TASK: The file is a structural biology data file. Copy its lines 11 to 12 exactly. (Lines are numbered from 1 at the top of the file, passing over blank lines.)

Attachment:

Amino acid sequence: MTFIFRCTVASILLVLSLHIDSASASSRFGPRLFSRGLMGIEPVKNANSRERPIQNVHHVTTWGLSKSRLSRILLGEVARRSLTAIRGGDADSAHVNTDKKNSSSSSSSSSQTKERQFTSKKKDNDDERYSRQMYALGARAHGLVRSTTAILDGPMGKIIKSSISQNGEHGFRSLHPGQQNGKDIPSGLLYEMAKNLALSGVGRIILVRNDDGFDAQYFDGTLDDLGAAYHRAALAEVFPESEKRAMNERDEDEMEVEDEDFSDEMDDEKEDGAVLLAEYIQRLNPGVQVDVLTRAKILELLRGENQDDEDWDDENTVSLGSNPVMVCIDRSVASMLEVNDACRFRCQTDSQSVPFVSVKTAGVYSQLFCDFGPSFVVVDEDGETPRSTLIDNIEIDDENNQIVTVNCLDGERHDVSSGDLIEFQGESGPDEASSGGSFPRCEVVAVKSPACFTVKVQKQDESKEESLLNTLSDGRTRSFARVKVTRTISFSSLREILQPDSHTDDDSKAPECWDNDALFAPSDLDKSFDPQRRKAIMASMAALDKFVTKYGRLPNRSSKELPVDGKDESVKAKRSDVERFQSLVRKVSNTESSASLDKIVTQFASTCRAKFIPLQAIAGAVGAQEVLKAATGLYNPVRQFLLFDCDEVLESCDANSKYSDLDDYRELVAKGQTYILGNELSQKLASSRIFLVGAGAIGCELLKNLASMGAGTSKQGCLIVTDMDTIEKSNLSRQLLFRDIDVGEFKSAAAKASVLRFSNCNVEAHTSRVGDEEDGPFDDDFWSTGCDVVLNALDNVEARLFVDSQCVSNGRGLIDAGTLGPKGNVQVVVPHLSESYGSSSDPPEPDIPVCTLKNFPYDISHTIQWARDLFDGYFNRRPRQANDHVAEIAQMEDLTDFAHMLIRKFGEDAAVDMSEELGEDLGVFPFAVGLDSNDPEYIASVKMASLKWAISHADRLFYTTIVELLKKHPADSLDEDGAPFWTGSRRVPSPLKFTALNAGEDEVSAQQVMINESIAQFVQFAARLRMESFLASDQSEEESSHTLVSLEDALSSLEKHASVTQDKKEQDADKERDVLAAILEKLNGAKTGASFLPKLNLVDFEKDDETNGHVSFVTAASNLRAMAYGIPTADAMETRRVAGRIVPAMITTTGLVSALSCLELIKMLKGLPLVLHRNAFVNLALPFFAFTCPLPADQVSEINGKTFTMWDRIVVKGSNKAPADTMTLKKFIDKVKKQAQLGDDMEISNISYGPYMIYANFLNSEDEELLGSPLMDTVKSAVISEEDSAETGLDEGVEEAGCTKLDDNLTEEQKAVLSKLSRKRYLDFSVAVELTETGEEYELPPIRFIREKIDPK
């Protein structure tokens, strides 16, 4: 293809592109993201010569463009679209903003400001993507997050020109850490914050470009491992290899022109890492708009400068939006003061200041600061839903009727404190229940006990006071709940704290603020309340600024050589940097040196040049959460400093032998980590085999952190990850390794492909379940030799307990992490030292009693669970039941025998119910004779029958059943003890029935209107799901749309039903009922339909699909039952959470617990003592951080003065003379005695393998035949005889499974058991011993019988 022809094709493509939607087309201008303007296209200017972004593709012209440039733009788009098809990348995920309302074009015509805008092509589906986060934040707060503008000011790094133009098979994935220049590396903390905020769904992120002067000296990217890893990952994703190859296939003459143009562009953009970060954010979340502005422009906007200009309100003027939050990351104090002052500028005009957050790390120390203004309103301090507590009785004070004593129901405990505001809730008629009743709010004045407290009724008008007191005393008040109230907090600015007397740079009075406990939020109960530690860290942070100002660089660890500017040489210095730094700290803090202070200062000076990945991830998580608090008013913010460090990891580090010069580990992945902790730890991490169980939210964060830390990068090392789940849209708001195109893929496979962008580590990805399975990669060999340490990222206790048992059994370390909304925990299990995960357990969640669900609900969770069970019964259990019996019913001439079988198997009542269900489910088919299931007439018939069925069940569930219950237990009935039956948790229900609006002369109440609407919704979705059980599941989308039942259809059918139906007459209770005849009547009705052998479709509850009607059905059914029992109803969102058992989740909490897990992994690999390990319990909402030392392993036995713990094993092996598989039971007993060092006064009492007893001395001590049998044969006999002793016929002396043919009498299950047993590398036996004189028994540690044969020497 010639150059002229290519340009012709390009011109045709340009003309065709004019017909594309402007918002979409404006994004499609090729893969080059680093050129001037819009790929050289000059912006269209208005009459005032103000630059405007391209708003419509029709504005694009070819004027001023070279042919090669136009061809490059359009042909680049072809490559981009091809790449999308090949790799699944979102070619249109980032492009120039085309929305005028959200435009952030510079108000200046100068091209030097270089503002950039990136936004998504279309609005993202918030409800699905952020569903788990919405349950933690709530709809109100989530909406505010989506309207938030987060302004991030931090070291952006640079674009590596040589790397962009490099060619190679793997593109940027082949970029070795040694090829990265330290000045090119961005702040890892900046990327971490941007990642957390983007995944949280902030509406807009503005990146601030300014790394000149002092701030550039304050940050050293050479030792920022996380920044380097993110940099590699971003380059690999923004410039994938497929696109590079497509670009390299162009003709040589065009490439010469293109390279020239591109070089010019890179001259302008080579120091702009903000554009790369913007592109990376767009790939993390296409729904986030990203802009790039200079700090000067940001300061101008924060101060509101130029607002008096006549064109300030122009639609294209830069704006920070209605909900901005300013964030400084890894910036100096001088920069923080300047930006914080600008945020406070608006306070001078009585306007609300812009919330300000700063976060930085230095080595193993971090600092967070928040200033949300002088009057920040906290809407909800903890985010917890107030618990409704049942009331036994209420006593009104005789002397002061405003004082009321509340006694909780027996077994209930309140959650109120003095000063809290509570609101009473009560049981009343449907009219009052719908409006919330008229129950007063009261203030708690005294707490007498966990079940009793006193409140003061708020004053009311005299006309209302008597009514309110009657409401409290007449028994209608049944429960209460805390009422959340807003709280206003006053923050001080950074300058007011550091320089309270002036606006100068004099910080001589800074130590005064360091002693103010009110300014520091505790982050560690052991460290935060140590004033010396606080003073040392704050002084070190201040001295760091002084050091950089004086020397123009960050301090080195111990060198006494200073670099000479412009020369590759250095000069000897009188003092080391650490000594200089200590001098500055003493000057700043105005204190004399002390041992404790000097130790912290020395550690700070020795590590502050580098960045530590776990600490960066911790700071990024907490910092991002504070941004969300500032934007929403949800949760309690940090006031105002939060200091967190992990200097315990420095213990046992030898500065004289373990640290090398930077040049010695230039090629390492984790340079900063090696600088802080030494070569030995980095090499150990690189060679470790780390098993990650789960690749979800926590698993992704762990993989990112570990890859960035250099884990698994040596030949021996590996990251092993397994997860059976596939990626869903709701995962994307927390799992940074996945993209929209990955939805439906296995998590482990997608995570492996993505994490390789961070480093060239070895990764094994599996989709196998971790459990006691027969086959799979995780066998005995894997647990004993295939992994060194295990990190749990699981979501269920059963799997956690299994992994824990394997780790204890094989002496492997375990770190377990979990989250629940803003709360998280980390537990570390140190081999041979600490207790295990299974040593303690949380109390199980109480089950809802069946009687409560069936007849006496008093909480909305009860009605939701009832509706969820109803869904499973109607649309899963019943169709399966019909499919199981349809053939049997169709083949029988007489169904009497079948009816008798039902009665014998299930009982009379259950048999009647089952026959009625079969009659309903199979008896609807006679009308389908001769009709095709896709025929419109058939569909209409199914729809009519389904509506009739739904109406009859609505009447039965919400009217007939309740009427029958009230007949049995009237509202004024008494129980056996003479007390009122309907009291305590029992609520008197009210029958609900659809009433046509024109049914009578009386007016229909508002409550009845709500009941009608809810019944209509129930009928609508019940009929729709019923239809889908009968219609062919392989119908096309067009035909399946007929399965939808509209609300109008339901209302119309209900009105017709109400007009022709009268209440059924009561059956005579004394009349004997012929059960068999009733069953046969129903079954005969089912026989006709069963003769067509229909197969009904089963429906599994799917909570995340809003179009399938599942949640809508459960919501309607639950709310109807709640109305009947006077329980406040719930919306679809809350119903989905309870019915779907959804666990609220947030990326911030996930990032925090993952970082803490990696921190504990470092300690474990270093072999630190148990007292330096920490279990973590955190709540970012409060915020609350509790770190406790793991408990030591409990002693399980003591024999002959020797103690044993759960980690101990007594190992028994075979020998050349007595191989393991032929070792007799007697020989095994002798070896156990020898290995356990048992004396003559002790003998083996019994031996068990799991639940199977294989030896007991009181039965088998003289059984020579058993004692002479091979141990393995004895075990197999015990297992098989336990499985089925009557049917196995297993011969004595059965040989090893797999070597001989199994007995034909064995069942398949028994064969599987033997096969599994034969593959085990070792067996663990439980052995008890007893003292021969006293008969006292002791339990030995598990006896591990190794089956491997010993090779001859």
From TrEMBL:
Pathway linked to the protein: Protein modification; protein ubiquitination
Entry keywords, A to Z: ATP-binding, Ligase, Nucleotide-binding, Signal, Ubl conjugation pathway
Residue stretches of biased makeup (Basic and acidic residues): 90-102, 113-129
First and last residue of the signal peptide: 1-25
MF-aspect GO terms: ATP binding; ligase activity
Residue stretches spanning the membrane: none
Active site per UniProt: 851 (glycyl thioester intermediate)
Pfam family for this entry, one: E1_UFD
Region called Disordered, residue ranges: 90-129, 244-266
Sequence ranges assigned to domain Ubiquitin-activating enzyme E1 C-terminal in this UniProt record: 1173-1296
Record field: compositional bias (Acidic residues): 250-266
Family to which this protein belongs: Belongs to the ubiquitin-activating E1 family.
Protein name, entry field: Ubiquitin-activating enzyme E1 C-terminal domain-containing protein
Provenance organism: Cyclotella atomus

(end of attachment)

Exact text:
Pfam family for this entry, one: E1_UFD
Region called Disordered, residue ranges: 90-129, 244-266